Where is the Israeli narrative?

I watched snippets of Israeli delegate Dan Gillerman making his case in the UN Security Council debate. To my dismay, he stayed within the context of the UN narrative: start with the status quo ante, take account of the terrorists' demands, and such baggage.

Israel should know that it is leaving its friends with little ground to stand on by taking this line. It is leaving us with the impression that it hopes some international force will take over the role of deterrence from it. This would mean that for the first time in its history, the IDF would not be the protector of the security of the state.

It is a mystery to me why Israel is eschewing the vocabulary of war.  Israel's story is very simple:

We were attacked.

Because of that attack, a state of war exists between Israel and Hizbullah.

Our policy in war is victory.  How long will the war last?  Until victory is achieved. 

By avoiding the narrative of war and the policy of victory, Israel puts itself on the ground that the international community prefers — how many more bombs will it drop; how big will any new offensive be; how long will the war last, always put in the form of how long will Israel continue attacking civilians in Lebanon.

If Israel has indeed lost its capacity for victory, then we will all have to adjust. The British had to adjust to the loss of the French will to victory in 1940.  The U.S. is capable of making this adjustment, but Israel's friends are bewildered at having to contemplate it.

The missile attacks by Hizbullah have, it is reported, either put 1 million Israelis in air raid shelters or forced them to move to other parts of the country.  In the U.S., the equivalent number would be 50 million people displaced by hostile attack.  This would be more than the combined populations of the three West Coast states.  Would the U.S. think it was a satisfactory state of affairs if California, Oregon and Washington had to be evacuated due to enemy activity and that our policy would then be to follow whatever the bureaucrats at the UN decided?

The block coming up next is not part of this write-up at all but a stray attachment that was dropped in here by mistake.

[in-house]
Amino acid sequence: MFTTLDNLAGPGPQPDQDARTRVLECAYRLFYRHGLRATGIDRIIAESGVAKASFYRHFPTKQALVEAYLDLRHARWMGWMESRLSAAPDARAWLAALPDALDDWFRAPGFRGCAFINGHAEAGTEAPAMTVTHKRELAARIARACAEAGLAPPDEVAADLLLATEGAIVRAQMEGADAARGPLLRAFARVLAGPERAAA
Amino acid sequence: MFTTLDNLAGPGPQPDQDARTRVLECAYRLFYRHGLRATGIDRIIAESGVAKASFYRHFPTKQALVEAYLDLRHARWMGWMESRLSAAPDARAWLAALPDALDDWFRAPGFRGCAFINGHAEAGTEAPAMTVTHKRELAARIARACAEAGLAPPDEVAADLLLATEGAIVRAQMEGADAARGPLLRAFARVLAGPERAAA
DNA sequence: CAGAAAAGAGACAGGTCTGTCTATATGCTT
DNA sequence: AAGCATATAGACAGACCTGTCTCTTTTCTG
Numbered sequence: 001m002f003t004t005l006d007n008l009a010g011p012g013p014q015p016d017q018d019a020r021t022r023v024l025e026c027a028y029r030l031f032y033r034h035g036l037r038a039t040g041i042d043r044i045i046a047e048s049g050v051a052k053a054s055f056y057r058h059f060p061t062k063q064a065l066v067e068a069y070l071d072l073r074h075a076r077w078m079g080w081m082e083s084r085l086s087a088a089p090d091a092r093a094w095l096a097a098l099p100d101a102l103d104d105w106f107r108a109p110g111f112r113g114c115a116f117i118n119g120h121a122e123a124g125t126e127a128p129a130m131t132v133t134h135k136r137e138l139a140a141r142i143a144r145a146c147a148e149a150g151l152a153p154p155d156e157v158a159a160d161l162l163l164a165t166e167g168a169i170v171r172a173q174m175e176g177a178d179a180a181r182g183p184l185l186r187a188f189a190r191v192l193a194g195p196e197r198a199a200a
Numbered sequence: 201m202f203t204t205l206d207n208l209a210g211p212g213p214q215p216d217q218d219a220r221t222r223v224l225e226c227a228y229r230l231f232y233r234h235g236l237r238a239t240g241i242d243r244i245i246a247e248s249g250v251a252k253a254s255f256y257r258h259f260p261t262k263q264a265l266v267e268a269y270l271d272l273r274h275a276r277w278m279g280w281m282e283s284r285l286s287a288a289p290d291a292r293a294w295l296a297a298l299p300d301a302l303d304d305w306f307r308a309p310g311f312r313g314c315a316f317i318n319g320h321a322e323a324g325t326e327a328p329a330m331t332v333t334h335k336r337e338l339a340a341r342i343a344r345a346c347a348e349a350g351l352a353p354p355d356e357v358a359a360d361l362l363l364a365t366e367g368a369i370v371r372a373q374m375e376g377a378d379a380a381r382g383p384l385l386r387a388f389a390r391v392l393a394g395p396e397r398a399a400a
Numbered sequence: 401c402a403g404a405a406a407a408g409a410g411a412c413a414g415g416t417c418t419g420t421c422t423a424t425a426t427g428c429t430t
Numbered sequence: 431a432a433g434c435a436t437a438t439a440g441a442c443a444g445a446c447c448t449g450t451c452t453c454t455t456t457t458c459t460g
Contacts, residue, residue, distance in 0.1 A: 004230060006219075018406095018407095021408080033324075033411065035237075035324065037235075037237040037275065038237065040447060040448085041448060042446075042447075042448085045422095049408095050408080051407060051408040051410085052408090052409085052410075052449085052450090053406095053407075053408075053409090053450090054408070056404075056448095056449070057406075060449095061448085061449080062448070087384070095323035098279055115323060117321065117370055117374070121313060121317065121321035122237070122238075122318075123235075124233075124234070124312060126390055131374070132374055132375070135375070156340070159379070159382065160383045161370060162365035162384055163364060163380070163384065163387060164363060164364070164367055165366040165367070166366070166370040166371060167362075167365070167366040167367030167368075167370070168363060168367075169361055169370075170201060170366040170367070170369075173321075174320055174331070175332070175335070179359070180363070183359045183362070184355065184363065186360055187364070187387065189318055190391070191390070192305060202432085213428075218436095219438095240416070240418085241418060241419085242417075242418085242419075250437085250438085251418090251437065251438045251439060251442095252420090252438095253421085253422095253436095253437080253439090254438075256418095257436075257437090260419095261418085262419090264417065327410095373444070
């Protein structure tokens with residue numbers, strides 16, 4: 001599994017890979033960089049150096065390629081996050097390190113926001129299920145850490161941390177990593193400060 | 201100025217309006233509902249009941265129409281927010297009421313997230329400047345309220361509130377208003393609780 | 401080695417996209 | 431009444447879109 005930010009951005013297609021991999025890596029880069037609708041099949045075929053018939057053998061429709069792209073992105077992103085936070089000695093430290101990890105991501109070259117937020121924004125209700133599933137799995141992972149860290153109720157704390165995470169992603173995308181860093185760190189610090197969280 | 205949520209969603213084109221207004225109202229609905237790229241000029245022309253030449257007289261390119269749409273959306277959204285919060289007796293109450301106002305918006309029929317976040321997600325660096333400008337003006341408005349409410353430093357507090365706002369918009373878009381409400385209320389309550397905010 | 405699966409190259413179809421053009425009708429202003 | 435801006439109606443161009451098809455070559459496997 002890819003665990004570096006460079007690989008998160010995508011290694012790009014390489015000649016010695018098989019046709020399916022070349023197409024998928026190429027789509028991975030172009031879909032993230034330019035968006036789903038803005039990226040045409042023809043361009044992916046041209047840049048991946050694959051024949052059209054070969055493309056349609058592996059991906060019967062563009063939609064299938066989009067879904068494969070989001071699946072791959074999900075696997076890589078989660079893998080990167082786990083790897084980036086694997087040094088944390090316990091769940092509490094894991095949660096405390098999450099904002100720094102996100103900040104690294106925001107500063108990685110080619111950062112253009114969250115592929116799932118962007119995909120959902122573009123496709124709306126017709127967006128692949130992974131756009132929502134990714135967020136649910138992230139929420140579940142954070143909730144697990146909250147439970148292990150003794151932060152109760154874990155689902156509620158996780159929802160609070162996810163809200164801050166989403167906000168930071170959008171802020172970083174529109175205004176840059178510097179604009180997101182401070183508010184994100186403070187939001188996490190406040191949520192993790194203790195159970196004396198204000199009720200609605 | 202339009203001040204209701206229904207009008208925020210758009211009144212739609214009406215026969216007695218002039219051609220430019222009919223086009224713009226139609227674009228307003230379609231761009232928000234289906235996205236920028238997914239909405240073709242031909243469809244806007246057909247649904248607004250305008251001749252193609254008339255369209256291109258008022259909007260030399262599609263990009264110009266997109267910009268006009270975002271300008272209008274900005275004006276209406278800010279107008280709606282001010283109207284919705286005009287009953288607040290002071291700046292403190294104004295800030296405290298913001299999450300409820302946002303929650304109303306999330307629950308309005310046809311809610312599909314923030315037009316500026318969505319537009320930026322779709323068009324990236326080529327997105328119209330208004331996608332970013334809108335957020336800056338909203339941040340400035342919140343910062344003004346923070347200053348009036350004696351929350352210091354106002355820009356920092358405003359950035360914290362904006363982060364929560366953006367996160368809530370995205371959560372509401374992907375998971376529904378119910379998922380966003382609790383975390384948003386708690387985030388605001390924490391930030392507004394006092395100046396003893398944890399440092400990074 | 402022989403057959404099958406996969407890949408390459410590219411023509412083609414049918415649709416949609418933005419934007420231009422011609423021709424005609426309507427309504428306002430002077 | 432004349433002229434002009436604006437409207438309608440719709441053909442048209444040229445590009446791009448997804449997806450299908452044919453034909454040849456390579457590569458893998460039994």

Greg Richards    8 09 06

I watched snippets of Israeli delegate Dan Gillerman making his case in the UN Security Council debate. To my dismay, he stayed within the context of the UN narrative: start with the status quo ante, take account of the terrorists' demands, and such baggage.

Israel should know that it is leaving its friends with little ground to stand on by taking this line. It is leaving us with the impression that it hopes some international force will take over the role of deterrence from it. This would mean that for the first time in its history, the IDF would not be the protector of the security of the state.

It is a mystery to me why Israel is eschewing the vocabulary of war.  Israel's story is very simple:

We were attacked.

Because of that attack, a state of war exists between Israel and Hizbullah.

Our policy in war is victory.  How long will the war last?  Until victory is achieved. 

By avoiding the narrative of war and the policy of victory, Israel puts itself on the ground that the international community prefers — how many more bombs will it drop; how big will any new offensive be; how long will the war last, always put in the form of how long will Israel continue attacking civilians in Lebanon.

If Israel has indeed lost its capacity for victory, then we will all have to adjust. The British had to adjust to the loss of the French will to victory in 1940.  The U.S. is capable of making this adjustment, but Israel's friends are bewildered at having to contemplate it.

The missile attacks by Hizbullah have, it is reported, either put 1 million Israelis in air raid shelters or forced them to move to other parts of the country.  In the U.S., the equivalent number would be 50 million people displaced by hostile attack.  This would be more than the combined populations of the three West Coast states.  Would the U.S. think it was a satisfactory state of affairs if California, Oregon and Washington had to be evacuated due to enemy activity and that our policy would then be to follow whatever the bureaucrats at the UN decided?

Greg Richards    8 09 06